When employers illegally discriminate against their employees based on one of the characteristics listed above, they have a right to file a claim against the employer. Employees can file a discrimination claim with the Virginia Division of Human Rights (DHR) or the Equal Employment Opportunity Commission (EEOC), depending on whether they choose to file a federal or state-based claim.

Employees can file a claim with the Virginia Council of Human Rights or the federal U.S. Equal Employment Opportunity Commission. Federal employment laws typically only govern employers who have 15 or more employees. Employers with fewer than 15 employers must comply with Virginia’s Human Rights Act.

Employees who’ve experienced illegal workplace discrimination may be entitled to different types of relief, such as compensation for their lost wages, lost benefits, and lost workplace opportunities. When appropriate, judges have the power to reinstate an employee to his or her position or compel the employer to take another type of action that is equitable. For example, if an employer wrongfully denied an employee’s promotion based on her gender, the court could require the employer to give her the promotion. Successful claimants can also seek compensation for their emotional pain and suffering related to workplace discrimination.

Meeting the Deadline for Your Employment Discrimination Claim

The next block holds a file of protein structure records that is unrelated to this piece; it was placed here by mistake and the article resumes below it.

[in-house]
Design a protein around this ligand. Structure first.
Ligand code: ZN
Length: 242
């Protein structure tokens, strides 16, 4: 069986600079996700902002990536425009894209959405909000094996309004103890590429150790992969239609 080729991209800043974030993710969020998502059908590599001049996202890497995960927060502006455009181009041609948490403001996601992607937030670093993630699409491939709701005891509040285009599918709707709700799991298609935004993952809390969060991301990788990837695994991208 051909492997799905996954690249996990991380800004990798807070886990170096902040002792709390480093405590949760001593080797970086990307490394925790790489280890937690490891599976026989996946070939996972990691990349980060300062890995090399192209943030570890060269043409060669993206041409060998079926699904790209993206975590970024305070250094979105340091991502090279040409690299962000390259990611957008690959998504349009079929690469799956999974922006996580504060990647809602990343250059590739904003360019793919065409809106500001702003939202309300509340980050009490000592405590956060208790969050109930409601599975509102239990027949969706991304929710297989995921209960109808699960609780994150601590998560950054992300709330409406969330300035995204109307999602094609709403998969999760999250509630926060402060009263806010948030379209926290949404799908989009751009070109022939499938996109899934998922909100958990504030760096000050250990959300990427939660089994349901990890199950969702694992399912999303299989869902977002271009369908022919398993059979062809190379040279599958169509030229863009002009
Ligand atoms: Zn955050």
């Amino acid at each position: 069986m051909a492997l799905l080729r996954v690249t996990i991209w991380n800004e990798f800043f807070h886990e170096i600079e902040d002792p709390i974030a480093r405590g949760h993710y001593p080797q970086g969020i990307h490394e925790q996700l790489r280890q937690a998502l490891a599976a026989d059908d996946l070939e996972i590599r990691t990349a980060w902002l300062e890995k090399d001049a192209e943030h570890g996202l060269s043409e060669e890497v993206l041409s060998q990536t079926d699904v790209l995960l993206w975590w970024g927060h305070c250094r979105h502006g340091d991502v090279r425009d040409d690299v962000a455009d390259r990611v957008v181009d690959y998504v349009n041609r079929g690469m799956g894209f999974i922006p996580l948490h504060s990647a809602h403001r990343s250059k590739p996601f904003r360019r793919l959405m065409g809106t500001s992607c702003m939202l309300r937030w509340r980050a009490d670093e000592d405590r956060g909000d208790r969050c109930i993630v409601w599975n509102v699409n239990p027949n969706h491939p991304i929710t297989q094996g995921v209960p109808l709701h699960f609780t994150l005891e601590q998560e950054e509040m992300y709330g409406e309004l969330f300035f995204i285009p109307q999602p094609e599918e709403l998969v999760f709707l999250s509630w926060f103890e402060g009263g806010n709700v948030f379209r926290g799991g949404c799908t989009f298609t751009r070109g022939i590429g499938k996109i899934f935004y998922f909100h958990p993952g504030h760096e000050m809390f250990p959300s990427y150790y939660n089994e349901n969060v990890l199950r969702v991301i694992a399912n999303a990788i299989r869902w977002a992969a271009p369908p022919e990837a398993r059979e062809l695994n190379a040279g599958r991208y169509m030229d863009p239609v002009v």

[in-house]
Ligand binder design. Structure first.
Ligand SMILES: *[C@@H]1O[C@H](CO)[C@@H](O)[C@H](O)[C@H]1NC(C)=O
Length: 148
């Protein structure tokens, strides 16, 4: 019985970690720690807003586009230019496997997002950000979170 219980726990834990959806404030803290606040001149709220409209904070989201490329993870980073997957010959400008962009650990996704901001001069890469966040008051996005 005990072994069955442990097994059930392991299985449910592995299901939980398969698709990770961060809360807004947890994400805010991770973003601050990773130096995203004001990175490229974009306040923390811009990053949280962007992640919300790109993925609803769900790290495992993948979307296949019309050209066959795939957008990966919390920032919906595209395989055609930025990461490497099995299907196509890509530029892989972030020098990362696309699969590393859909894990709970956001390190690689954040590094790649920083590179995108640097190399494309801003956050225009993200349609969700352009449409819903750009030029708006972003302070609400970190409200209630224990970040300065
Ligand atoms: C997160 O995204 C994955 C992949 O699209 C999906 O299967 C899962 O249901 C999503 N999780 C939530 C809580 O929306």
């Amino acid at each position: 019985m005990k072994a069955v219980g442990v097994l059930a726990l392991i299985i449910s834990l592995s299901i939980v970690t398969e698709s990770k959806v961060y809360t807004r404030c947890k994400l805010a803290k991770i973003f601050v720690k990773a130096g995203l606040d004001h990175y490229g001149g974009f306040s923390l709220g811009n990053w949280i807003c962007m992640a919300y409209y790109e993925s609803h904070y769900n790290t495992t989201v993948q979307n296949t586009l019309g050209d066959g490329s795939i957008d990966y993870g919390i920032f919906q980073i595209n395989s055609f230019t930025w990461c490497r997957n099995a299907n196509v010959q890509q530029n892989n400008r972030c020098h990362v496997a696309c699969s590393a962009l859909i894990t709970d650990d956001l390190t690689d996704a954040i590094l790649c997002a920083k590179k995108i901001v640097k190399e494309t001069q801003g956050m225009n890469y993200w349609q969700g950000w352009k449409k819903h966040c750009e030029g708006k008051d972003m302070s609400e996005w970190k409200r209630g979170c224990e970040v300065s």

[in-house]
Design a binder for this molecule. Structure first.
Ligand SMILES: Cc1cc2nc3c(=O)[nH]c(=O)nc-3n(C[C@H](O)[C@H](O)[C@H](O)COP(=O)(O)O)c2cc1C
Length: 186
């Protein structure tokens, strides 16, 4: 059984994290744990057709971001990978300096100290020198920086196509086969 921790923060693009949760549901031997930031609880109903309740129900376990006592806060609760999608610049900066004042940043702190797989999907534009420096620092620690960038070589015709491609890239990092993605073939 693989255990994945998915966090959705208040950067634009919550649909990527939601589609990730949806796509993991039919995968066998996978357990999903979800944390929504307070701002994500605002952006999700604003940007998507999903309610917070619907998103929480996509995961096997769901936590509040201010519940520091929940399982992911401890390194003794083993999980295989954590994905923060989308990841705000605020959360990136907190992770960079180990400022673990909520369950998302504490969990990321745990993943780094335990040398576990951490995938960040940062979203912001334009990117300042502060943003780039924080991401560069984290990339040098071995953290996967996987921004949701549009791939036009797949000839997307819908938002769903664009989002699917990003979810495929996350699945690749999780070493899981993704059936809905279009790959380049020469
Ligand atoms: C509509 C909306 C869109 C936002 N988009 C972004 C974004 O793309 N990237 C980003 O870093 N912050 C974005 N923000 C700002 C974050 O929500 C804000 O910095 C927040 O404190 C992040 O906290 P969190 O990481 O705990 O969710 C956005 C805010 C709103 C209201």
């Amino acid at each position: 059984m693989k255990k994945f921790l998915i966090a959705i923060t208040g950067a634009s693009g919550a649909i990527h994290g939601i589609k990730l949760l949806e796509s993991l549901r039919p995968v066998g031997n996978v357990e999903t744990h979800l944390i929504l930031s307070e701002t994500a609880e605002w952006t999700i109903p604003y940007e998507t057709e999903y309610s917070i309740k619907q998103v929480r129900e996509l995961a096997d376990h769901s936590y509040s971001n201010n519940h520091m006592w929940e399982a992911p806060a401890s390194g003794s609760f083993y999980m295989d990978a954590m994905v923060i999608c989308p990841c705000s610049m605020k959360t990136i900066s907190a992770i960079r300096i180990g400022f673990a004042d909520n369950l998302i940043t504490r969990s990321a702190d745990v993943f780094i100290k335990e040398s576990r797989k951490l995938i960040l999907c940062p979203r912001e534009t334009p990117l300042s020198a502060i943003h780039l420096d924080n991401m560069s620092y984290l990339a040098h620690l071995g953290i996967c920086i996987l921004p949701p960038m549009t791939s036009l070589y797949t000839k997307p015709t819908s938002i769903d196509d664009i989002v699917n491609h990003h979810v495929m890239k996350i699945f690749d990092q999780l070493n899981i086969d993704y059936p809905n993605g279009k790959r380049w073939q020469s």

The deadline for filing an employment discrimination claim with the Virginia Council on human rights is short, and it’s important that you don’t miss the deadline. You must file your claim within 180 days of the date the workplace discrimination occurred. If you plan to file a claim with the US Equal Employment Opportunity Commission, you must submit your claim within 300 days of the date the workplace discrimination occurred. It’s important to speak with an attorney as soon as possible after the discrimination happens, so you don’t miss out on your opportunity to file a claim. 

What happens after you file a claim? Every case is unique, but, in many cases, the federal or state agency hearing your claim will review the facts in your case. The agency may decide to investigate your claim by interviewing witnesses and collecting evidence from your employer. After the investigative process is done, the agency will determine whether your employer engaged in illegal discrimination.

When the agency decides that discrimination occurred, the agency will attempt to mediate a settlement agreement between you and your employer. If you cannot reach a settlement agreement, the agency may file a lawsuit against your employer. When the agency does not find that discrimination happened, or decides not to file a lawsuit, you have the option to file a lawsuit against your employer in a state or federal court. 

How Our Virginia Employment Lawyers Can Help You

The process of filing a workplace discrimination complaint can become complicated. If you’ve experienced workplace discrimination in Virginia, your best option is to speak to a knowledgeable employment lawyer. Your lawyer will help you preserve valuable evidence and ensure that your discrimination claim has the greatest likelihood of a successful outcome. At Surovell Isaacs & Levy PLC, our experienced lawyers have the skills necessary to advocate for your rights throughout the process. Contact our law firm today to schedule your initial consultation and learn how we can advocate for you.